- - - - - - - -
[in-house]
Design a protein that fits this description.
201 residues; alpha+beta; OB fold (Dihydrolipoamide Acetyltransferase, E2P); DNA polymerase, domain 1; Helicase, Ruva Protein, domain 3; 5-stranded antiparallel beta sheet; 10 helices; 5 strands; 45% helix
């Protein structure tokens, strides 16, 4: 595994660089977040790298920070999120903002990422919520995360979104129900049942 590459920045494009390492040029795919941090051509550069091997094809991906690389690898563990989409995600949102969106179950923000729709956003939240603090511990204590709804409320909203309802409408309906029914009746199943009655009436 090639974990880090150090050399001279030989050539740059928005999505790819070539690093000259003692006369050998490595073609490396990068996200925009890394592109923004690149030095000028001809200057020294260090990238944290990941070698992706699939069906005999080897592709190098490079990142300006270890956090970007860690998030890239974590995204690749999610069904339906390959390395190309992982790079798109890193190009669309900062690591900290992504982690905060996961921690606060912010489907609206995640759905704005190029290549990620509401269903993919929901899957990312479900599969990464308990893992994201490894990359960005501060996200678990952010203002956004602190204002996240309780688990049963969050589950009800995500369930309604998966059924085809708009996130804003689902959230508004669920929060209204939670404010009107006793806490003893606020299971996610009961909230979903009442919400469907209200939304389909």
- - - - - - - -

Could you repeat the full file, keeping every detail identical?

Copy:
[in-house]
Design a protein that fits this description.
201 residues; alpha+beta; OB fold (Dihydrolipoamide Acetyltransferase, E2P); DNA polymerase, domain 1; Helicase, Ruva Protein, domain 3; 5-stranded antiparallel beta sheet; 10 helices; 5 strands; 45% helix
């Protein structure tokens, strides 16, 4: 595994660089977040790298920070999120903002990422919520995360979104129900049942 590459920045494009390492040029795919941090051509550069091997094809991906690389690898563990989409995600949102969106179950923000729709956003939240603090511990204590709804409320909203309802409408309906029914009746199943009655009436 090639974990880090150090050399001279030989050539740059928005999505790819070539690093000259003692006369050998490595073609490396990068996200925009890394592109923004690149030095000028001809200057020294260090990238944290990941070698992706699939069906005999080897592709190098490079990142300006270890956090970007860690998030890239974590995204690749999610069904339906390959390395190309992982790079798109890193190009669309900062690591900290992504982690905060996961921690606060912010489907609206995640759905704005190029290549990620509401269903993919929901899957990312479900599969990464308990893992994201490894990359960005501060996200678990952010203002956004602190204002996240309780688990049963969050589950009800995500369930309604998966059924085809708009996130804003689902959230508004669920929060209204939670404010009107006793806490003893606020299971996610009961909230979903009442919400469907209200939304389909």